You should choose something that you have fun doing, best thing would be that you can use it.
The project does not have to be too simple, you do not build the foundation of an empire, code that last for decades. So just make errors and stupid things.
Whats really fun and useful is something embedded:
Not sure if that’s what you’re looking for, but currently there is the Advent of Code where you have to solve small riddles daily. They are quite a fun way to test your brain and your Elixir knowledge without many “dependencies”.
(You can also work through them not daily and can also do past years.)
I’m guessing that by port they mean, recreate a project you did in a familiar language.
A project that is fun and not that hard would be to send/print messages around in an Erlang cluster.
Also, decoding mp3 headers is very nifty (checkout joe Armstrong’s book). It sounds dorky but it’s basically applicable to any binary format.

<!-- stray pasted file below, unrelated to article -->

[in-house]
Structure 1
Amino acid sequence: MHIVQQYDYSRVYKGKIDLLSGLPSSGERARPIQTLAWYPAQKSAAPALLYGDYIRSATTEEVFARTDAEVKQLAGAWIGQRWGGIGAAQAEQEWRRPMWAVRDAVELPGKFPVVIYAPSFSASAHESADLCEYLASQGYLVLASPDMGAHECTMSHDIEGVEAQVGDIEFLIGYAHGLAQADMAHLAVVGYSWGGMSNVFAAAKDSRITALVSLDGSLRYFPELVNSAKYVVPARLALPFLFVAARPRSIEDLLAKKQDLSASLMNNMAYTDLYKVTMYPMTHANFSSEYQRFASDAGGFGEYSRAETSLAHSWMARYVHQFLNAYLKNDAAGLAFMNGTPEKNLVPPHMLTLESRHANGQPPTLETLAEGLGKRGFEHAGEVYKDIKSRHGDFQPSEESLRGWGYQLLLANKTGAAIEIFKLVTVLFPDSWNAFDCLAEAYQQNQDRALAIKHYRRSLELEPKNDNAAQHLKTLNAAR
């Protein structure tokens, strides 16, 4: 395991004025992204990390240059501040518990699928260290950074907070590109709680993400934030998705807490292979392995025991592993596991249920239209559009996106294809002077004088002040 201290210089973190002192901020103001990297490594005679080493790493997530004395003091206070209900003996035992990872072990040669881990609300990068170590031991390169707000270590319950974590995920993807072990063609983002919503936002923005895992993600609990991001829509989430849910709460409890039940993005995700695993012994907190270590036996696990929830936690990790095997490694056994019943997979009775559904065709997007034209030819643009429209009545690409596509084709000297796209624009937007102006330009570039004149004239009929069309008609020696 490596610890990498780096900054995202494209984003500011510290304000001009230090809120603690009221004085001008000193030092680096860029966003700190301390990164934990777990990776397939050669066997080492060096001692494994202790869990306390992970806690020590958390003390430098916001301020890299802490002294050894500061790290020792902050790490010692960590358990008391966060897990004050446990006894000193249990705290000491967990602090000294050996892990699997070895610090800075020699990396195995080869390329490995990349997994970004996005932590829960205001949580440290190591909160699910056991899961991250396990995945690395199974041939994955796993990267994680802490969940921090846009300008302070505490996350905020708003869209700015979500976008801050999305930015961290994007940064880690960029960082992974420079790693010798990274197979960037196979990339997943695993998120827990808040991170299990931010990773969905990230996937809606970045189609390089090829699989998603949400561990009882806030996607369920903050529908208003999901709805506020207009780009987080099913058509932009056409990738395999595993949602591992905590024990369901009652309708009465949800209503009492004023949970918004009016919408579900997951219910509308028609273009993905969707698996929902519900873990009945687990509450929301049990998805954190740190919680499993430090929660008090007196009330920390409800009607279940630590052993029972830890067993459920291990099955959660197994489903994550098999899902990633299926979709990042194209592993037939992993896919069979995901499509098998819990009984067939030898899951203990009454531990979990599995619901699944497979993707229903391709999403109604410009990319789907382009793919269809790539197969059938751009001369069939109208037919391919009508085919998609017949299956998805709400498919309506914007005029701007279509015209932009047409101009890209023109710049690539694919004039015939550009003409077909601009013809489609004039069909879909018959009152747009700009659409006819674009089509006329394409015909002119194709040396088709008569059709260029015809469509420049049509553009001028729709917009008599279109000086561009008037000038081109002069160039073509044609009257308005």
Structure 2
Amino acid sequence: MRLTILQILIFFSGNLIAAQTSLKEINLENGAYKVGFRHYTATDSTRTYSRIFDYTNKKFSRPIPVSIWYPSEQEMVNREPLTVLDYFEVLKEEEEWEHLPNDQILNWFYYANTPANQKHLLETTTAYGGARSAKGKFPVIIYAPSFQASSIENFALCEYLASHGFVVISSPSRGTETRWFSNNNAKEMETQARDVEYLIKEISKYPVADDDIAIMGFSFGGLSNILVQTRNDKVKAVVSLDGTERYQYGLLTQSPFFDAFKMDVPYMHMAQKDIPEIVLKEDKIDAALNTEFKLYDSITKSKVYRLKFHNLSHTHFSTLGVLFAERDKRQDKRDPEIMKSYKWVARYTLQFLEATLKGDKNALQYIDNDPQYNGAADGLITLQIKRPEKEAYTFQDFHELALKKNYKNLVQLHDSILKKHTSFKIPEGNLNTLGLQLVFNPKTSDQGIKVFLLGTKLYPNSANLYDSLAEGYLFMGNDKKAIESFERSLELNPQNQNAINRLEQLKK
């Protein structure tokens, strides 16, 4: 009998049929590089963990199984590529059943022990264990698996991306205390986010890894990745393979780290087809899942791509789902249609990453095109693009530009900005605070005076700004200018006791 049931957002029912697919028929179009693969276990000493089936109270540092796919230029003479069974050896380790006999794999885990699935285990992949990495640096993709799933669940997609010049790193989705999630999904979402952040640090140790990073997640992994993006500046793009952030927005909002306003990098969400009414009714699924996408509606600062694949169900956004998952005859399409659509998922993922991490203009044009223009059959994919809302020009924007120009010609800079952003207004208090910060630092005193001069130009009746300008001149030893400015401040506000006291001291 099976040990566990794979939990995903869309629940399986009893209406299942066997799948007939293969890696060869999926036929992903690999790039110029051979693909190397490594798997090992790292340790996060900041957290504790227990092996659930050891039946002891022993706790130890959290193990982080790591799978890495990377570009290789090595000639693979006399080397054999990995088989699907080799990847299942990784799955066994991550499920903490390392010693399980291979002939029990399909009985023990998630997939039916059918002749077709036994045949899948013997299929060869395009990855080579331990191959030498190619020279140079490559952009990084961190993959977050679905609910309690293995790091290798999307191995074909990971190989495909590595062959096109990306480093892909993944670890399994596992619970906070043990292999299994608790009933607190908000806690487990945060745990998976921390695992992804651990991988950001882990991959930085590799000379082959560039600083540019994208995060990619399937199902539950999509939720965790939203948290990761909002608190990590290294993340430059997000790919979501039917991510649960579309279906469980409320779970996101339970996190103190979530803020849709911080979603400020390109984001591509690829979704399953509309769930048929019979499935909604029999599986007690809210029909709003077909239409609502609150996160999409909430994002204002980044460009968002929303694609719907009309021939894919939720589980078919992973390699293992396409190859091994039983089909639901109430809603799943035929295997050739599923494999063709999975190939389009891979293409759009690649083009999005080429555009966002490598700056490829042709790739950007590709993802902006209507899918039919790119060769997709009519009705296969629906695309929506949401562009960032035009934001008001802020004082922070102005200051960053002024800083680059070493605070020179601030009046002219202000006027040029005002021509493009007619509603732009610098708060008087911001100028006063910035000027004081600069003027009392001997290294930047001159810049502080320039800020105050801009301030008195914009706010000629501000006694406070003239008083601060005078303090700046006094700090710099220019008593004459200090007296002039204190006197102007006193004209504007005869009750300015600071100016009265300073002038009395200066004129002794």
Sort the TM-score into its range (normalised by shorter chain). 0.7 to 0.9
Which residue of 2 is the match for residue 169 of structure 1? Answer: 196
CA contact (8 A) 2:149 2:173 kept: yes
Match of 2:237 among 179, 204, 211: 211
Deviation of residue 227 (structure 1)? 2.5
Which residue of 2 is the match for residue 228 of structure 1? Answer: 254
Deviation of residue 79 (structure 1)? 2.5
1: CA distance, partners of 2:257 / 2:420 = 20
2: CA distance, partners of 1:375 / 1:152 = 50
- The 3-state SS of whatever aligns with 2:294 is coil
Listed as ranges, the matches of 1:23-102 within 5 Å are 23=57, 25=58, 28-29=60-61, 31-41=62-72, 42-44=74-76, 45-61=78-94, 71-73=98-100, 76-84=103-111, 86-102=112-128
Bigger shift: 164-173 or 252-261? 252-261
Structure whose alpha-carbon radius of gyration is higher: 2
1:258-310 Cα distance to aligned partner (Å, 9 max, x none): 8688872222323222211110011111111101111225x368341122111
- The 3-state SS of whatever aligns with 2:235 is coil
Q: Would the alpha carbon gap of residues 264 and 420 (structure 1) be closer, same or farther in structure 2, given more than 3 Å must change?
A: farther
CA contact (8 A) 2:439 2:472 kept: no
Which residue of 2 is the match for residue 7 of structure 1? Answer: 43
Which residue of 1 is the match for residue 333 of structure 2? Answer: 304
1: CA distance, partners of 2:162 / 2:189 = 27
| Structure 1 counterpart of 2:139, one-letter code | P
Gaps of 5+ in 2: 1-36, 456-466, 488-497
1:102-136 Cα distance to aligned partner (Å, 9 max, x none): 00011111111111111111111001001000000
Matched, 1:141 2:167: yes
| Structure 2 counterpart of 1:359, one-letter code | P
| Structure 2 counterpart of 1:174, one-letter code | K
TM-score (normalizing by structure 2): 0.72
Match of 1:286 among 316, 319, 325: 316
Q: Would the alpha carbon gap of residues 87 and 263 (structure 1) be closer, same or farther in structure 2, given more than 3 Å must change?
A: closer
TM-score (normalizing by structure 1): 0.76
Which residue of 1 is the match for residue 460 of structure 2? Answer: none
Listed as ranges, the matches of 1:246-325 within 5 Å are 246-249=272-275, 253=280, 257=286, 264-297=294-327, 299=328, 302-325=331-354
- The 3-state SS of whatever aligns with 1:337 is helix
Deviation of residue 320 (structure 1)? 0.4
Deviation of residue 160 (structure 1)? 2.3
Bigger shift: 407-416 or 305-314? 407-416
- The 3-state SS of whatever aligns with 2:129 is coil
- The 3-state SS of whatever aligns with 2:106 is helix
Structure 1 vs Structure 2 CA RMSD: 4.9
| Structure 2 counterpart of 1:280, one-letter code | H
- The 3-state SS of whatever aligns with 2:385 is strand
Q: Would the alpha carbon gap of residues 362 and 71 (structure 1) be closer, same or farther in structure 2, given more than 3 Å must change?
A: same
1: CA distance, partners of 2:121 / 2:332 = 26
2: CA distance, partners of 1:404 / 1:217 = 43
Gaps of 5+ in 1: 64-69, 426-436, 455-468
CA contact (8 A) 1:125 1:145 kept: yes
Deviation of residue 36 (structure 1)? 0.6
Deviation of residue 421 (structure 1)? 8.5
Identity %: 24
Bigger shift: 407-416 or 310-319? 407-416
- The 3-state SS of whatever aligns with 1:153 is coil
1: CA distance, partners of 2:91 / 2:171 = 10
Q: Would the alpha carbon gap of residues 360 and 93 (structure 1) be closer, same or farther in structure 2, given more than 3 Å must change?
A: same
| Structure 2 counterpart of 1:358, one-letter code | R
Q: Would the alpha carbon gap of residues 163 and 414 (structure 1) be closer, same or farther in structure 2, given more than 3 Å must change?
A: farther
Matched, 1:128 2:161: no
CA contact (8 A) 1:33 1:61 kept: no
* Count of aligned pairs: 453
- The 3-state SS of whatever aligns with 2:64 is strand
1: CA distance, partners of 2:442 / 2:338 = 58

Anything embedded is fun if you have a raspberry pi lying around with a couple of sensors (you can use the excellent book about the weather station even without the exact components they advise).
Apart from that there are quite a few great books that could inspire you such as “Elixir in action”, “real time phoenix” (a bit webby, but great), “genetic algorithms in elixir “ and many more. Erlang books (eg “designing for scalability with Erlang and otp”, and of course “Programming Erlang”) are great resources for inspiration.
Chris McCords book about macros is also filled with fun stuff.
If you’re taking the web out of the equation, Exercism’s elixir track is a good place to start. They’re not more complete projects in the way I think of those, like the weather station one mentioned earlier but the exercises are a good slow progression beyond the basics.
As a beginner, I found Elixir koans to be another good introduction to the language. The compiler error messages almost give you the answer sometimes but you can run through them very quickly. For me, they helped solidify the topics I covered in the docs.
Ah, maybe you’re right. I felt that for someone not too familiar with nerves but familiar with the pi and/or familiar with embedded in general it would not be that difficult to adapt with similar components, but yeah, depending on one’s background it might not be right.